I never paid attention to the ranking step of a retrieval algorithm. All I had to do was sort the scores. These scores are computed by using a similarity (or divergence) function to compare a query with all the documents in the collection. What I had overlooked was the possibility of scores being equal. How do you rank documents with similar scores? Does it have a great impact on retrieval performance? Turns out, the answer to the second question is YES. To give a simple example, consider 6 documents with the following scores,

doc no 1 2 3 4 5 6

scores 0.87 0.97 0.97 0.85 0.49 0.87

Simple ranking would give out the following output

doc no 1 2 3 4 5 6

rank 3 1 2 5 6 4

If doc 3 is the relevant document, it is still considered to be at rank 2 as opposed to rank 1(where it actually should be since it scores as much as doc2). The Precision goes from 1.00 to 0.5 just because of this sort of ranking.

This wikipedia article summarizes on ways to handle this. It seems like a trivial concept but it has tremendously improved bug localization results on my iBUGS dataset.

For 291 bugs, I compute the retrieval performance by using the "standard competition" ranking (1 2 2 4) and the retrieval performance shot up from 0.14 to 0.21 with a p-value of 0. Thus the improvement is statistically significant.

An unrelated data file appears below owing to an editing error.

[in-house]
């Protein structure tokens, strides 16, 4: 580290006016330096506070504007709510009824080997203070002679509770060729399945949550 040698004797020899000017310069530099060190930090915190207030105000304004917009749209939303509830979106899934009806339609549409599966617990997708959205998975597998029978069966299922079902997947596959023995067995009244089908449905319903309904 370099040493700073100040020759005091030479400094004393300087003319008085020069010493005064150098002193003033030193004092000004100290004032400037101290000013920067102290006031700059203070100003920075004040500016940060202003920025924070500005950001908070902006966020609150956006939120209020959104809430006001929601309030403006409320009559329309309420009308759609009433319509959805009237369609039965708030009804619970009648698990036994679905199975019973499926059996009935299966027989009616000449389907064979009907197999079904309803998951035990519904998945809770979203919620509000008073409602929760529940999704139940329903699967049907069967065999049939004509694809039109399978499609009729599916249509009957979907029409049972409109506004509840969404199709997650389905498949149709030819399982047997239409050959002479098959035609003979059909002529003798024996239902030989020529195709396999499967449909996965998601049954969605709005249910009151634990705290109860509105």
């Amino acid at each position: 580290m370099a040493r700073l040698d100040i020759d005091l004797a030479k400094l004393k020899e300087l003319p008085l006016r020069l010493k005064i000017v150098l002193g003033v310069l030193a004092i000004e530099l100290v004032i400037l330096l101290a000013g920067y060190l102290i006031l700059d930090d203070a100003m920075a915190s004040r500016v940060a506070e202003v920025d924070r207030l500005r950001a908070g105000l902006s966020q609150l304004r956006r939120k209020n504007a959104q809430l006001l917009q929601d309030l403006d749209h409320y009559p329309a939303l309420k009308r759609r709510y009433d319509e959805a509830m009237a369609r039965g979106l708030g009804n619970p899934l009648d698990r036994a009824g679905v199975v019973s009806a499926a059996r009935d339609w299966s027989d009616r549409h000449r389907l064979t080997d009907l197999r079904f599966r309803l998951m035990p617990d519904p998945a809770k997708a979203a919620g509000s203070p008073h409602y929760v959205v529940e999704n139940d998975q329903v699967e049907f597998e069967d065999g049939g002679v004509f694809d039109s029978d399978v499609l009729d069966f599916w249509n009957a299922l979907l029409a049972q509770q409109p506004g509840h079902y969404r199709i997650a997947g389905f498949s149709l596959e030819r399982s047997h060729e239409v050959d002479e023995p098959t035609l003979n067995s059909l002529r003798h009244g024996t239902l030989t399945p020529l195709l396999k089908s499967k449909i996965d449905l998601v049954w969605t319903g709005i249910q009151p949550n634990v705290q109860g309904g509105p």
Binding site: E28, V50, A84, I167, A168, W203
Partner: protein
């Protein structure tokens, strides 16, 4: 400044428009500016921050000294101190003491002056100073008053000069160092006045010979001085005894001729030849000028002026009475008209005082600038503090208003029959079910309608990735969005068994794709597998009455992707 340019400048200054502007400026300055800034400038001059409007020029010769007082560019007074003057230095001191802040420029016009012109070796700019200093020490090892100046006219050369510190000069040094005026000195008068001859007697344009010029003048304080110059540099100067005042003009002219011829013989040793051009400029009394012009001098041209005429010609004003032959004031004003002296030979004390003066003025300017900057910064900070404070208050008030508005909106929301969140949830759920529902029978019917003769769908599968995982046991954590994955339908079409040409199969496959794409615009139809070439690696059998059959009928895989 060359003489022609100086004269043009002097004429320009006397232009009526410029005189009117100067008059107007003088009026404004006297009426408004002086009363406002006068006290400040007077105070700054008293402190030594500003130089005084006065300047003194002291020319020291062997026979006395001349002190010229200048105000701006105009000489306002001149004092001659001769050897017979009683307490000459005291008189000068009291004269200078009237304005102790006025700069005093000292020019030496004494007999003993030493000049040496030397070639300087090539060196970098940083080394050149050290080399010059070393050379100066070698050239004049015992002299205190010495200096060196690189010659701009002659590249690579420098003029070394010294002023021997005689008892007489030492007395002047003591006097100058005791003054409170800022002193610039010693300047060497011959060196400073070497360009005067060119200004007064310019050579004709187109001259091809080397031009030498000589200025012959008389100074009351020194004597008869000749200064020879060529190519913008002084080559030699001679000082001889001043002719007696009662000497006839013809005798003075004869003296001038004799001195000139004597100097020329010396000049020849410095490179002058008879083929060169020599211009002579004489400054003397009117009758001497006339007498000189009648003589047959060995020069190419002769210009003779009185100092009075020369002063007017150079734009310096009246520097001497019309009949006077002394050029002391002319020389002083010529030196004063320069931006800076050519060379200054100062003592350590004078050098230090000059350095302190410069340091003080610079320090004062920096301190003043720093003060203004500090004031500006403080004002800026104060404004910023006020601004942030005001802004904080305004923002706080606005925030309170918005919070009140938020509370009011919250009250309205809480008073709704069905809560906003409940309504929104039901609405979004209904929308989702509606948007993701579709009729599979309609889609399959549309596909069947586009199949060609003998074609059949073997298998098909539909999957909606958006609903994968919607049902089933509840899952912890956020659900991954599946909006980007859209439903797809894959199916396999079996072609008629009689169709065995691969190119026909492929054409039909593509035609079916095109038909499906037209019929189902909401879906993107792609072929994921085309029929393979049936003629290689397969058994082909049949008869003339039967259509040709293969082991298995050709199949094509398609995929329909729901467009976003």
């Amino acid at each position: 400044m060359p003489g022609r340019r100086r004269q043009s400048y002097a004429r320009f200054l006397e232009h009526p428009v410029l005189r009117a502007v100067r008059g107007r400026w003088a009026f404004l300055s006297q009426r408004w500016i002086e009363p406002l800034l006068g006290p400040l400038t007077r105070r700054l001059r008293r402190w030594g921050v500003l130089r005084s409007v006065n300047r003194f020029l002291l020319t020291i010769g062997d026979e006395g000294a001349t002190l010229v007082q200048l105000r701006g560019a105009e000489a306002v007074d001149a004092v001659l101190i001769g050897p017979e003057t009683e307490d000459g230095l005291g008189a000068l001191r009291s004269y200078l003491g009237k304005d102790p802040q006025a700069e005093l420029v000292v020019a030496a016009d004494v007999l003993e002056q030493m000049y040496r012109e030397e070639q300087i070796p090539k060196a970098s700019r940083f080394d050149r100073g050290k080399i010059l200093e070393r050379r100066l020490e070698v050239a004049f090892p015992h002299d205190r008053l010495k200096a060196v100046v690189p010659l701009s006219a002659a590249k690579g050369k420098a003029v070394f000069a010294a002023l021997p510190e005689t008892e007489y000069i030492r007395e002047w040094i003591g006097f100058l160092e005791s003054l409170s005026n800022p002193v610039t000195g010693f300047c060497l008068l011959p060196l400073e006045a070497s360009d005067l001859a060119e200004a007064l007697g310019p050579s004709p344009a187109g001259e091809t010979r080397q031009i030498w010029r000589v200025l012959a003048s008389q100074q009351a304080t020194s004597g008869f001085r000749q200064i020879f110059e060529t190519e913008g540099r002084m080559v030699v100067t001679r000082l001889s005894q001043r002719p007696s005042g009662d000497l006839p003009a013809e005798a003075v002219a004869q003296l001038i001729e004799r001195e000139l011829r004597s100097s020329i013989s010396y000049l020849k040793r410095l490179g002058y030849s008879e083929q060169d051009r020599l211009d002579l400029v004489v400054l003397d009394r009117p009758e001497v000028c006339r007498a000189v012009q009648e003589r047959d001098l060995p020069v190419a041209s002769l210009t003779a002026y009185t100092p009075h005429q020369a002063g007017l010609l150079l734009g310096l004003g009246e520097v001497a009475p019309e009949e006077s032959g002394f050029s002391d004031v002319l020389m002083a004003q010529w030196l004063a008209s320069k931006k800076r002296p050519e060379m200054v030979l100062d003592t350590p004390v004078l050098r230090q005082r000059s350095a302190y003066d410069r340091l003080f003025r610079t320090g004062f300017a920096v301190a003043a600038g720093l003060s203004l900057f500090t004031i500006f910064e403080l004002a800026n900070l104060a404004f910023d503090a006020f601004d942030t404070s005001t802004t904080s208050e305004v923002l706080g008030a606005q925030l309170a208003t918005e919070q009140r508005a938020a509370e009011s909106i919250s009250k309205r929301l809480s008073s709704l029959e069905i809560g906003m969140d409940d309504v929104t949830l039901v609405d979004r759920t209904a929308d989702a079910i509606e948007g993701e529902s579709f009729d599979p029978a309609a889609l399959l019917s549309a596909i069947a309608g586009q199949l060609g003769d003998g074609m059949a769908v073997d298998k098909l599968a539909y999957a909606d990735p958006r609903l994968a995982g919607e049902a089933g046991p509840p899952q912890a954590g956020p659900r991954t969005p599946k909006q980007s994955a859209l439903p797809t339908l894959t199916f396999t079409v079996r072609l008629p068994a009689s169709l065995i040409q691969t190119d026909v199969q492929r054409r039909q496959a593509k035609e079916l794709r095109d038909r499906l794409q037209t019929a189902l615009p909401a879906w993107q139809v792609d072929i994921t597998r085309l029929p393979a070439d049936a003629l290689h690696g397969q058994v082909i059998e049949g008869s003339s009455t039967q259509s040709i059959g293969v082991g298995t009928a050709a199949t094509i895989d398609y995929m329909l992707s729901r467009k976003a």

doc no 1 2 3 4 5 6

scores 0.87 0.97 0.97 0.85 0.49 0.87

Simple ranking would give out the following output

doc no 1 2 3 4 5 6

rank 3 1 2 5 6 4

If doc 3 is the relevant document, it is still considered to be at rank 2 as opposed to rank 1(where it actually should be since it scores as much as doc2). The Precision goes from 1.00 to 0.5 just because of this sort of ranking.

This wikipedia article summarizes on ways to handle this. It seems like a trivial concept but it has tremendously improved bug localization results on my iBUGS dataset.

For 291 bugs, I compute the retrieval performance by using the "standard competition" ranking (1 2 2 4) and the retrieval performance shot up from 0.14 to 0.21 with a p-value of 0. Thus the improvement is statistically significant.